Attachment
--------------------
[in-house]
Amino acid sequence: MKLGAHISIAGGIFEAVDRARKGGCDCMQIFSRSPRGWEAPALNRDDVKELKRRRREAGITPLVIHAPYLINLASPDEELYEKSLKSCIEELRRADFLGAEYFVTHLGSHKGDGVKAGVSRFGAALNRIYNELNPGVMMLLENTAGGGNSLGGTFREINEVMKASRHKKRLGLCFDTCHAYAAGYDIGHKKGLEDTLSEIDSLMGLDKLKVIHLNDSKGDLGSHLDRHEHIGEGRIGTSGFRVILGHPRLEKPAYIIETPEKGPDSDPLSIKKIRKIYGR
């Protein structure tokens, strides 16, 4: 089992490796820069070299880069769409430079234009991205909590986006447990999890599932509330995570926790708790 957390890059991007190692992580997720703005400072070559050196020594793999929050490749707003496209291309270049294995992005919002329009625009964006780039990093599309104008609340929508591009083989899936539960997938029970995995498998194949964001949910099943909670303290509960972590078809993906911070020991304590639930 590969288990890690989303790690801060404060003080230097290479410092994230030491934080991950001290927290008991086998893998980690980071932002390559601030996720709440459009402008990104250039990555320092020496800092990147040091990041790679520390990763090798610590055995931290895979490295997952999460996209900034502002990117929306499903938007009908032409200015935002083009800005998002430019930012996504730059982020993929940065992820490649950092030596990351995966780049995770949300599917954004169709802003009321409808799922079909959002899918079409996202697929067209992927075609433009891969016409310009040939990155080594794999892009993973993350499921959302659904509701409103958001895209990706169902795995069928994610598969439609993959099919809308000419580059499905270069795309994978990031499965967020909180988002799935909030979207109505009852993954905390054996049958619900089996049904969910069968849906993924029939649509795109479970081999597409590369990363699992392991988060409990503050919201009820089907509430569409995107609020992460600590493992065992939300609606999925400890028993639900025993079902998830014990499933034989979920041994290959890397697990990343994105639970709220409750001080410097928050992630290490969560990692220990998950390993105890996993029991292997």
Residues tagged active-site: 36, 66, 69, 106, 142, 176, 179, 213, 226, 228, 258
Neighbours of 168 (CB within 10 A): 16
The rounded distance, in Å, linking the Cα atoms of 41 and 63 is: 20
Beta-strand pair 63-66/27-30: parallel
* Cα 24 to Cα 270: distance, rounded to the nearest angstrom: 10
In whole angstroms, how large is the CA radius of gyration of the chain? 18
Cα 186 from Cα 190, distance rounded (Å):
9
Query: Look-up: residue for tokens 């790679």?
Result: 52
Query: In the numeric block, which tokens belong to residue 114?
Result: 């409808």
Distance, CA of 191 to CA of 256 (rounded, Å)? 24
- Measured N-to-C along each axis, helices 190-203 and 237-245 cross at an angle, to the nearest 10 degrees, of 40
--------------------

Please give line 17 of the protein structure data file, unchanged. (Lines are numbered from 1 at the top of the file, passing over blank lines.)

- Measured N-to-C along each axis, helices 190-203 and 237-245 cross at an angle, to the nearest 10 degrees, of 40